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Home ▸ Catalog ▸ Roman Coins ▸ Recovery of the Empire ▸ Claudius IIView Options:  |  |  | 

Claudius II Gothicus, September 268 - August or September 270 A.D.

Claudius II Gothicus was born in Illyricum around 215 A.D. Under Valerian and Gallienus he was recognized as a superb general. After the murder of Gallienus, Claudius Gothicus was proclaimed emperor and preceded to crush the Alemanni tribe who had invaded Roman territory. Soon after an enormous horde of Goths poured into the empire. Against all advice, Claudius confronted the barbarians at Naissus in Upper Moesia. He fought a brilliant battle and annihilated them. Unfortunately for the empire, he died of plague after a reign of only two years.


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Virtus was a specific virtue in ancient Rome. It carried connotations of valor, manliness, excellence, courage, character, and worth, perceived as masculine strengths (from Latin vir, "man"). Virtus applied exclusively to a man's behavior in the public sphere, that is to the application of duty to the res publica in the cursus honorum. Private business was no place to earn virtus, even when it involved courage or feats of arms or other good qualities. There could be no virtue in exploiting one's manliness in the pursuit of personal wealth, for example. It was thus a frequently stated virtue of Roman emperors and was personified as the deity Virtus.
RA84409. Billon antoninianus, MER-RIC 1060, RIC V-1 225, Cohen VI 316, Huvelin 1990 23, Komin 1281, Bastien-Huvelin 77, aVF, gray metal, grainy surfaces, weight 3.259 g, maximum diameter 22.2 mm, die axis 0o, 6th officina, Antioch (Antakya, Turkey) mint, issue 3, c. early - mid 270; obverse IMP C CLAVDIVS AVG, radiate, draped, and cuirassed bust right, from behind; reverse VIRTVS AVG (the valor of the Emperor), Minerva standing right, wearing crested helmet, vertical spear in right hand, resting left hand on grounded shield, no control or mintmark; $28.00 (€23.80)
 


Claudius II Gothicus, September 268 - August or September 270 A.D.

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The ancients did not all agree on the attributes of Serapis. A passage in Tacitus affirms that many recognized in this god, Aesculapius, imputing healing to his intervention; some thought him identical with Osiris, the oldest deity of the Egyptians; others regarded him as Jupiter, possessing universal power; but by most he was believed to be the same as Pluto, the "gloomy" Dis Pater of the infernal regions. The general impression of the ancients seems to have been that by Serapis, was to be understood the beginning and foundation of things. Julian II consulted the oracle of Apollo for the purpose of learning whether Pluto and Serapis were different gods; and he received for an answer that Jupiter-Serapis and Pluto were one and the same divinity.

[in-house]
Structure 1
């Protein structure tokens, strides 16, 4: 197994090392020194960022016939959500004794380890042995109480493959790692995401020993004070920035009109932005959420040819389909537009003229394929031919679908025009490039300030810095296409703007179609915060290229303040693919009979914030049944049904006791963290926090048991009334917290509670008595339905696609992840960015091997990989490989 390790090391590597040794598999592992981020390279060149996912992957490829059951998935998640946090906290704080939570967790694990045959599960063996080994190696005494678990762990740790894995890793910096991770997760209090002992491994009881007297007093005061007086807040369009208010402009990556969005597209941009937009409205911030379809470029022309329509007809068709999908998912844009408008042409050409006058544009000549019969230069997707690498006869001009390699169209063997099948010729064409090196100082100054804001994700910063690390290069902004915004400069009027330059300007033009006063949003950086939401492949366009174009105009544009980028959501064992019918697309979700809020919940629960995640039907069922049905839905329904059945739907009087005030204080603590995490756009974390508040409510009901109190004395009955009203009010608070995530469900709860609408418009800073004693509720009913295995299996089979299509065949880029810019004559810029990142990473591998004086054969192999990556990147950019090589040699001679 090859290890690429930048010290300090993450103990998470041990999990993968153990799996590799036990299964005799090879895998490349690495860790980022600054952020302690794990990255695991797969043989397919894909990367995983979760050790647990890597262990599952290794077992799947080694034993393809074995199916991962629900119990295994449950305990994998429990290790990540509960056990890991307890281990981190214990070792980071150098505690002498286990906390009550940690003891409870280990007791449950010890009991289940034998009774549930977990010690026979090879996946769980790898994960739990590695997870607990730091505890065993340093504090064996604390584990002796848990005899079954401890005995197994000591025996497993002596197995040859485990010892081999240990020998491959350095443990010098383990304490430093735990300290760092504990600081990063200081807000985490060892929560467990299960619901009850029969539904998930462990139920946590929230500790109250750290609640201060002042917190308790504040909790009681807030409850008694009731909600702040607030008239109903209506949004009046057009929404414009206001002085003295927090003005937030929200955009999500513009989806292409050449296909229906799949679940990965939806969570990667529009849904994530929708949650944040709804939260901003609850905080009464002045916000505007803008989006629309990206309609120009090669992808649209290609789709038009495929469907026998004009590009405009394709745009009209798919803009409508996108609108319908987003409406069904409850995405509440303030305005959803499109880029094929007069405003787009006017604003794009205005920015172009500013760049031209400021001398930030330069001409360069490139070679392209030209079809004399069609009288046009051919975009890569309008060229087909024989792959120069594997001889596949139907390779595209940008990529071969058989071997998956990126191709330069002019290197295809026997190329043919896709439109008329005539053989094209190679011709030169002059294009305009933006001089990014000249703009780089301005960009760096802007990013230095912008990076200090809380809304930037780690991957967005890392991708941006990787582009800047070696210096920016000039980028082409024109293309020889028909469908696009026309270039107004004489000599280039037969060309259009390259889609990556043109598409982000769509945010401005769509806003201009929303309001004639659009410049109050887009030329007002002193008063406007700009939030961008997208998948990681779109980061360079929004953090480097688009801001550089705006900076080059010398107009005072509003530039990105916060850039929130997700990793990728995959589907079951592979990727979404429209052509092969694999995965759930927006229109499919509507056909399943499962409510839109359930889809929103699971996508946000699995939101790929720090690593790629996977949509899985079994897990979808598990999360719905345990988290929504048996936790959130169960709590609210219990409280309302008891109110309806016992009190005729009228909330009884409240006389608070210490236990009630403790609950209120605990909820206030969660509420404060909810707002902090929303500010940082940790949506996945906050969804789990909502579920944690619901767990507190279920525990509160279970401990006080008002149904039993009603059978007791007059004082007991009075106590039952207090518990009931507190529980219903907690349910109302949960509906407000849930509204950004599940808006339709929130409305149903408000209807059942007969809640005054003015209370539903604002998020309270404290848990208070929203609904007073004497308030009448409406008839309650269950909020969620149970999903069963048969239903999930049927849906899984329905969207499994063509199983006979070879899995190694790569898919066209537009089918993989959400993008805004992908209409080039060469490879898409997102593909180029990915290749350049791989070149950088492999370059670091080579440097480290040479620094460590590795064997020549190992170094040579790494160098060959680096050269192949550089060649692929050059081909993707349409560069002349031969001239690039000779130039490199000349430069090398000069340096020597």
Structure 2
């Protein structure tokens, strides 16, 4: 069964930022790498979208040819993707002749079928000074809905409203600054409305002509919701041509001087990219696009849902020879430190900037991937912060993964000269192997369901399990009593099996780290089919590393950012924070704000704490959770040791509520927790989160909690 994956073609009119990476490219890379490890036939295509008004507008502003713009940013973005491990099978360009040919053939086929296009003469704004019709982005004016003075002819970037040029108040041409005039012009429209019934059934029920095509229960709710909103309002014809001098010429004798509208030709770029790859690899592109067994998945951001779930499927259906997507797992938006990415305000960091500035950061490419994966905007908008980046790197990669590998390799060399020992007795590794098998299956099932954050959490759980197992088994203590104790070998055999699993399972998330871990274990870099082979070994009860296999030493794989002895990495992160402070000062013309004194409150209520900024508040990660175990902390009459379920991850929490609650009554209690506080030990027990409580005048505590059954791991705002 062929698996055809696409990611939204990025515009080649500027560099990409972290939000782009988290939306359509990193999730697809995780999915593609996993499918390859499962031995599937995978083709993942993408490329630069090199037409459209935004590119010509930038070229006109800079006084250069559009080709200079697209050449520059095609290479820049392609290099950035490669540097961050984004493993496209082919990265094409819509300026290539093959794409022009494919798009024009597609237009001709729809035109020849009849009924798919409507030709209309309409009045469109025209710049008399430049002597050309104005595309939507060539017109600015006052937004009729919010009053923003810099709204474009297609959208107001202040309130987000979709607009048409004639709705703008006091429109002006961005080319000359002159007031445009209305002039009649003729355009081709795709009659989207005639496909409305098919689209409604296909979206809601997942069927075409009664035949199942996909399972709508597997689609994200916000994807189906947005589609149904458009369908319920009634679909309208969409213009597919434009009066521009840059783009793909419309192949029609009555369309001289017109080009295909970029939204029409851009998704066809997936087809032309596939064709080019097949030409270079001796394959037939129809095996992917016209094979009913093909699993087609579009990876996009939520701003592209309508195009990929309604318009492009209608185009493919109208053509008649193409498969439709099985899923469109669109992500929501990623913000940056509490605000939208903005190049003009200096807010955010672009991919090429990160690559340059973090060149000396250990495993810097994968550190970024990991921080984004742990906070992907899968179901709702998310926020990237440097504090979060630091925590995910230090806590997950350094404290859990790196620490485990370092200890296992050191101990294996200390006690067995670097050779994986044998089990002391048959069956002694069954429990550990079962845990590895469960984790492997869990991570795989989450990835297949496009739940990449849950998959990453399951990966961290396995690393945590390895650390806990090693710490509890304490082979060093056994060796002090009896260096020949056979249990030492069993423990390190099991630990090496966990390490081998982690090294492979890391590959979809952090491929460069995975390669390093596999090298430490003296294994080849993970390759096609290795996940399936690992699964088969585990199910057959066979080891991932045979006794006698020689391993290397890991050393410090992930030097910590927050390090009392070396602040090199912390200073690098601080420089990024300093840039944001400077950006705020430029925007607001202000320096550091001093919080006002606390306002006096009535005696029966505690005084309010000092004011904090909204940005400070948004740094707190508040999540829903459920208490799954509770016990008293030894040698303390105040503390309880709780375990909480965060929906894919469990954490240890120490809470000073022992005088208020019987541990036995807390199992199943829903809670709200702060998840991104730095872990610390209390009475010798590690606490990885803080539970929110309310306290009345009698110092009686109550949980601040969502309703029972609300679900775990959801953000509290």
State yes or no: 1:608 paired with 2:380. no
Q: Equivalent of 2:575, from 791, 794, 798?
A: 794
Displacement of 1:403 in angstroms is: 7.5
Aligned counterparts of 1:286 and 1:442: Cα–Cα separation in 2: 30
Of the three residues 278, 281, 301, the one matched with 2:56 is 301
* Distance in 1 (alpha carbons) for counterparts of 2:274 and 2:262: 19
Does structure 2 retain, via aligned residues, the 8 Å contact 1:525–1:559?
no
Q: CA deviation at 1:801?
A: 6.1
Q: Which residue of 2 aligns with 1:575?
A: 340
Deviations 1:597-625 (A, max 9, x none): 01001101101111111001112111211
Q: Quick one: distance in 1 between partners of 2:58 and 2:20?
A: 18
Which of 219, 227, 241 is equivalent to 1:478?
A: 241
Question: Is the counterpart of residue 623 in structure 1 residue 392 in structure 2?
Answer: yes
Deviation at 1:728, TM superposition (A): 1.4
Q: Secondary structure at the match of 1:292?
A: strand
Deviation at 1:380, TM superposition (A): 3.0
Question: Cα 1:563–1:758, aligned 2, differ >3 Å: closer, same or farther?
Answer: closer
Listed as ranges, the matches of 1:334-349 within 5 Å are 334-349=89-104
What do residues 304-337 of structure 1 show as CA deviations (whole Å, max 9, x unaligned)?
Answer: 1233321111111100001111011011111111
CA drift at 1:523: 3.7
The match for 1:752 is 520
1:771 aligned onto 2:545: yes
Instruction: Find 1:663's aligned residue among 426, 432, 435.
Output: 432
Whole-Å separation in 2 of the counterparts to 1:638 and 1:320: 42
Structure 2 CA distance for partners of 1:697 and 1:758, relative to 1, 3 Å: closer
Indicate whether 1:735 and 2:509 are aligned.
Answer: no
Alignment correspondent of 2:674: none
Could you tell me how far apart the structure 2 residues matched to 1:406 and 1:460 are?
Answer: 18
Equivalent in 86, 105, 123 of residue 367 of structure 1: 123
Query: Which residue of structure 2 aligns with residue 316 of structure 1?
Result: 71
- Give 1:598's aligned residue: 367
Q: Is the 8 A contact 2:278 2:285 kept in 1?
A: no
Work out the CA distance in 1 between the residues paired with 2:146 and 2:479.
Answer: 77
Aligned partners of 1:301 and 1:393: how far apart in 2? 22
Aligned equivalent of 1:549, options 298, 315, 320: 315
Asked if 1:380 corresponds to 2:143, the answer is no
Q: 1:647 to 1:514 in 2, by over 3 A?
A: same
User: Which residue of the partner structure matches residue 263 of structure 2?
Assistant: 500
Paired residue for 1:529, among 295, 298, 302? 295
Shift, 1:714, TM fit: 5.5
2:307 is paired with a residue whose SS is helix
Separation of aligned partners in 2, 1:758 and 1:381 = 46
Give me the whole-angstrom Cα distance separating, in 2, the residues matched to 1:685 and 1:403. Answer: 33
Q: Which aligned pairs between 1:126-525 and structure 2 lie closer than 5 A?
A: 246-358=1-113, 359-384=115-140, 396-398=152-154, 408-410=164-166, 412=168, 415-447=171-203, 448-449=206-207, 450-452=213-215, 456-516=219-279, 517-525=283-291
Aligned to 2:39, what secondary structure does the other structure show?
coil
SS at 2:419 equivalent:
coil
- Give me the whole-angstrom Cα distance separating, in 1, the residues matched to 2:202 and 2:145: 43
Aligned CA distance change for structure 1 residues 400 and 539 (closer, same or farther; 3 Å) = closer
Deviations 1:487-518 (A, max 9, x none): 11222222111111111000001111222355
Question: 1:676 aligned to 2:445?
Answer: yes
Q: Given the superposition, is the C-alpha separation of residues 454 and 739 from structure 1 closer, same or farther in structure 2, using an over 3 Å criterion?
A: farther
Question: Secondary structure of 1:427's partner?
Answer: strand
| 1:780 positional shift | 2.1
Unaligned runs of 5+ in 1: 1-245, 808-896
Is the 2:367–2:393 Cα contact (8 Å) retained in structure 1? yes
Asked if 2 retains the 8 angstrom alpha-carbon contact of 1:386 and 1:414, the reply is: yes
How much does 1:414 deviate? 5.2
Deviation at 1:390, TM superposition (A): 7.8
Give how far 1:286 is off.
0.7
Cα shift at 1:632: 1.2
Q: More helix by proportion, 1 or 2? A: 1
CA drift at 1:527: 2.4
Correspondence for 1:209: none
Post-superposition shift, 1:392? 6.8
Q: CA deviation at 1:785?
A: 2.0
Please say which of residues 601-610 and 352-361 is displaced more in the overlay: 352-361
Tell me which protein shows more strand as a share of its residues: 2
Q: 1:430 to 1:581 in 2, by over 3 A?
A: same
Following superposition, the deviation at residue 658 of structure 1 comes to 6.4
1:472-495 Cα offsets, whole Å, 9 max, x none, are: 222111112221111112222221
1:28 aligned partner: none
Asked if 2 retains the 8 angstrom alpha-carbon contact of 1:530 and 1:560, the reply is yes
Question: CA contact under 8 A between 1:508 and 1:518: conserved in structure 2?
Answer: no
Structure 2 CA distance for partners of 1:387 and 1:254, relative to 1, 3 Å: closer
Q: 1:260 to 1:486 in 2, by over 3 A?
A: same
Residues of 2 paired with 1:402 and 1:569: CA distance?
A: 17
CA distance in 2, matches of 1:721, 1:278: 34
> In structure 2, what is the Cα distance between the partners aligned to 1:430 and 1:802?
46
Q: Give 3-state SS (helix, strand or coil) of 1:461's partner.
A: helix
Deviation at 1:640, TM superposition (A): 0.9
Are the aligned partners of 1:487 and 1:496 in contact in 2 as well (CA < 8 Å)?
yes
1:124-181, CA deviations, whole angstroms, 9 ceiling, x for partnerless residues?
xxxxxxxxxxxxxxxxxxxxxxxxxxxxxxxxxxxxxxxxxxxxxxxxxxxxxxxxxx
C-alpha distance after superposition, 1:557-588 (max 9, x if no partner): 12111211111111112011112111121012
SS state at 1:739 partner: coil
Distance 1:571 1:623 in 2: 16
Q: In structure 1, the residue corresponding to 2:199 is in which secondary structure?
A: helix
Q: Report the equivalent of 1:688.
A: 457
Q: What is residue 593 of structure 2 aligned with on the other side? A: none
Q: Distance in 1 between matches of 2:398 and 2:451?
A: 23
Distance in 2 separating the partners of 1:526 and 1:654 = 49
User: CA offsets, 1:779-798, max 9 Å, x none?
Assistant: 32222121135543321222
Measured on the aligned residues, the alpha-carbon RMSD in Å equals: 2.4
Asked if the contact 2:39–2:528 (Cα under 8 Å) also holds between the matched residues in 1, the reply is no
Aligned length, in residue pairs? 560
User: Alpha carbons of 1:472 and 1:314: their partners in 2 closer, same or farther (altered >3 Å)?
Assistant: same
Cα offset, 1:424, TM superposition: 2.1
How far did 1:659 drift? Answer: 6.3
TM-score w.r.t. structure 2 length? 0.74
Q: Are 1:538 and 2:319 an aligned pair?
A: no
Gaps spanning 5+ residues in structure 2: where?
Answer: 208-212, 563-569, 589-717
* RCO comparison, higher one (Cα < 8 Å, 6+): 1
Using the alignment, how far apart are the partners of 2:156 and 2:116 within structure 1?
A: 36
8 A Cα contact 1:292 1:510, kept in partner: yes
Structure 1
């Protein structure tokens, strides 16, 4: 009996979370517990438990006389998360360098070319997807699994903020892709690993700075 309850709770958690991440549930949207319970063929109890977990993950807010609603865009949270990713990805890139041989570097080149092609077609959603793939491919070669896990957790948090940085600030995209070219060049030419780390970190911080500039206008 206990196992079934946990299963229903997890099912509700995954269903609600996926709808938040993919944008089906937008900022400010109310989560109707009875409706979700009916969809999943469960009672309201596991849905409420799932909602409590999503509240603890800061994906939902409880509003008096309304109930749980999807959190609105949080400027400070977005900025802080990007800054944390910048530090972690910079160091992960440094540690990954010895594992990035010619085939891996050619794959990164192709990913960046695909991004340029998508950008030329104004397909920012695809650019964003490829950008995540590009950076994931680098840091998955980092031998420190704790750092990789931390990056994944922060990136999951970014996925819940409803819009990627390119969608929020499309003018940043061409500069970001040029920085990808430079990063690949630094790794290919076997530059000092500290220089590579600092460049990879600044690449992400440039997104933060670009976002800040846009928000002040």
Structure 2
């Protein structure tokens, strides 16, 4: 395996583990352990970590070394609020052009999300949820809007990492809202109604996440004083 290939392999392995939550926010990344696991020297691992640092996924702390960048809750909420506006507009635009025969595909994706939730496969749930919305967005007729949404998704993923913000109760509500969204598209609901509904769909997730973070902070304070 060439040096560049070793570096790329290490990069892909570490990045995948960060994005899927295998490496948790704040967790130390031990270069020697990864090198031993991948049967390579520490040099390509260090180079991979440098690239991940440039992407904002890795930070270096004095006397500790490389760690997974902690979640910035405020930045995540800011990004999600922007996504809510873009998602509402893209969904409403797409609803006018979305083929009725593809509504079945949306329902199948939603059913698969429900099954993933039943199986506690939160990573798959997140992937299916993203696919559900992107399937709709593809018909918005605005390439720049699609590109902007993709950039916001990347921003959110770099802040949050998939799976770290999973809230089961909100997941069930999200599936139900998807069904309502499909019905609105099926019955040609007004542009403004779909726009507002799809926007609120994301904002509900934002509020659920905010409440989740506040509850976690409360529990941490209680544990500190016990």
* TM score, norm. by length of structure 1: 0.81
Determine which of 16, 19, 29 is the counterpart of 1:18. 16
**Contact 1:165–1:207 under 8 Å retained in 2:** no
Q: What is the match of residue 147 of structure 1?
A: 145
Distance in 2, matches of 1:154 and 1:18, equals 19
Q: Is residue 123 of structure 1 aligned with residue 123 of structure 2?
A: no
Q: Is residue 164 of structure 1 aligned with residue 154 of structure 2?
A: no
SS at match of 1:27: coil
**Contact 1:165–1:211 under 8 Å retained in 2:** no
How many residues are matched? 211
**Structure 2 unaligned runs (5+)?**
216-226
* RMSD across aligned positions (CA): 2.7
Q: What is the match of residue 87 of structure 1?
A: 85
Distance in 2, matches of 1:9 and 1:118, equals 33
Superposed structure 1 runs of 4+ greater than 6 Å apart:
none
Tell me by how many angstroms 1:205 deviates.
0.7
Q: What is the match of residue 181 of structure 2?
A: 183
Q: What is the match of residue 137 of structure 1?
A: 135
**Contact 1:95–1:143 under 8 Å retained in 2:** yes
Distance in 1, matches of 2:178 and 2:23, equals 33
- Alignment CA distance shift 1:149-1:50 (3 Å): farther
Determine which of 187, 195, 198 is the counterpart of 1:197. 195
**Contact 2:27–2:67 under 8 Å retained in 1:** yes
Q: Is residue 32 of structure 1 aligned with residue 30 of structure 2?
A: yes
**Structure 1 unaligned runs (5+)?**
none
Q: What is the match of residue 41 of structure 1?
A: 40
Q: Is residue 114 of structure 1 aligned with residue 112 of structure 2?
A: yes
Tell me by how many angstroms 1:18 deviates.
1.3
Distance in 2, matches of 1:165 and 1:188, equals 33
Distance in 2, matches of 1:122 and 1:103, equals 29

BB85274. Billon antoninianus, MER-RIC temp 1021 (60 spec.), Huvelin Antioche 8, Hunter IV 74, RIC V-1 201 (S), gF, well centered, earthen encrusted, weight 3.272 g, maximum diameter 20.6 mm, die axis 0o, Antioch (Antakya, Turkey) mint, c. end 268 – end 269; obverse IMP C CLAVDIVS AVG, radiate, draped, and cuirassed bust right, seen from behind; reverse CONSER AVG, Serapis standing facing, head left, right hand raised, scepter in left hand down at side, Γ in exergue; scarce; $20.00 (€17.00) ON RESERVE


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A scarce and popular historical type - the reverse commemorates Claudius' great victory over the Goths at Naissus in Upper Moesia.
BB67670. Billon antoninianus, Normanby 1107 (1 spec.), RIC V-1 252 var. (draped and SPQR in ex), SRCV III 11381 var. (SPQR in ex), Cunetio -, EF, weight 3.470 g, maximum diameter 22.0 mm, die axis 315o, 2nd officina, Cyzicus (Kapu Dagh, Turkey) mint, 268 - 270 A.D.; obverse IMP CLAVDIVS P F AVG, radiate head right, two pellets below; reverse VICTORIAE GOTHIC (victory over the Goths), two captives seated at the base of a trophy of captured arms; ; very rare; SOLD







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OBVERSE LEGENDS

DIVOCLAVDIO
DIVOCLAVDIOGOTHICO
DIVOCLAVDIOOPTIMOIMP
DIVOCLAVDIOOPTIMP
IMPCCLAVDIVSAVG
IMPCLAVDIVSAVG
IMPCLAVDIVSPFAVG
IMPCMAVRCLAVDIVSAVG


REFERENCES

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Catalog current as of Saturday, May 26, 2018.
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Roman Coins of Claudius II